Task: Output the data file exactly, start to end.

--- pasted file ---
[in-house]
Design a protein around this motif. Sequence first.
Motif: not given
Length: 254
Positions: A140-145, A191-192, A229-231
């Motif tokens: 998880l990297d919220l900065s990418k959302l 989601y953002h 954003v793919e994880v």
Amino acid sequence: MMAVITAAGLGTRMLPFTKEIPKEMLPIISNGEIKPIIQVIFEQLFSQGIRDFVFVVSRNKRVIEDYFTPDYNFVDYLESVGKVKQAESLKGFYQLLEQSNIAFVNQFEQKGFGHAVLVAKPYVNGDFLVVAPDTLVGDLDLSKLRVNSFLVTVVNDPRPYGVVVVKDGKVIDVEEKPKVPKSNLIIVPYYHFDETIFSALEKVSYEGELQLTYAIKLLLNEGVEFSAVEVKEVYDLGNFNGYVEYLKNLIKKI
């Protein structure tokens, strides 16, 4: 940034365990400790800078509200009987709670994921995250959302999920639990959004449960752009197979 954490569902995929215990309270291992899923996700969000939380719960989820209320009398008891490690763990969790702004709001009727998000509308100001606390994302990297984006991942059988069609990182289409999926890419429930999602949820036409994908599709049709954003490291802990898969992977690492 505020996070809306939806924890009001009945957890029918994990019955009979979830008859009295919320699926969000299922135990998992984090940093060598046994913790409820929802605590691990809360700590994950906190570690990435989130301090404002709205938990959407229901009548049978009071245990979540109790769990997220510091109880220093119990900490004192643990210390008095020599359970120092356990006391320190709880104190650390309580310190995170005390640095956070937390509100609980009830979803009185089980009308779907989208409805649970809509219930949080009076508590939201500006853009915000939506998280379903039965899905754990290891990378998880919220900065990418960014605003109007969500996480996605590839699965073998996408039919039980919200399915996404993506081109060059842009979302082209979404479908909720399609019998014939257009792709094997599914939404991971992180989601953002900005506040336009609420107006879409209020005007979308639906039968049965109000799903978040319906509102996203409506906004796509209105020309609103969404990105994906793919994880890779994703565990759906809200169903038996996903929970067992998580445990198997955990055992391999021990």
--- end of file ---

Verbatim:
[in-house]
Design a protein around this motif. Sequence first.
Motif: not given
Length: 254
Positions: A140-145, A191-192, A229-231
């Motif tokens: 998880l990297d919220l900065s990418k959302l 989601y953002h 954003v793919e994880v």
Amino acid sequence: MMAVITAAGLGTRMLPFTKEIPKEMLPIISNGEIKPIIQVIFEQLFSQGIRDFVFVVSRNKRVIEDYFTPDYNFVDYLESVGKVKQAESLKGFYQLLEQSNIAFVNQFEQKGFGHAVLVAKPYVNGDFLVVAPDTLVGDLDLSKLRVNSFLVTVVNDPRPYGVVVVKDGKVIDVEEKPKVPKSNLIIVPYYHFDETIFSALEKVSYEGELQLTYAIKLLLNEGVEFSAVEVKEVYDLGNFNGYVEYLKNLIKKI
């Protein structure tokens, strides 16, 4: 940034365990400790800078509200009987709670994921995250959302999920639990959004449960752009197979 954490569902995929215990309270291992899923996700969000939380719960989820209320009398008891490690763990969790702004709001009727998000509308100001606390994302990297984006991942059988069609990182289409999926890419429930999602949820036409994908599709049709954003490291802990898969992977690492 505020996070809306939806924890009001009945957890029918994990019955009979979830008859009295919320699926969000299922135990998992984090940093060598046994913790409820929802605590691990809360700590994950906190570690990435989130301090404002709205938990959407229901009548049978009071245990979540109790769990997220510091109880220093119990900490004192643990210390008095020599359970120092356990006391320190709880104190650390309580310190995170005390640095956070937390509100609980009830979803009185089980009308779907989208409805649970809509219930949080009076508590939201500006853009915000939506998280379903039965899905754990290891990378998880919220900065990418960014605003109007969500996480996605590839699965073998996408039919039980919200399915996404993506081109060059842009979302082209979404479908909720399609019998014939257009792709094997599914939404991971992180989601953002900005506040336009609420107006879409209020005007979308639906039968049965109000799903978040319906509102996203409506906004796509209105020309609103969404990105994906793919994880890779994703565990759906809200169903038996996903929970067992998580445990198997955990055992391999021990």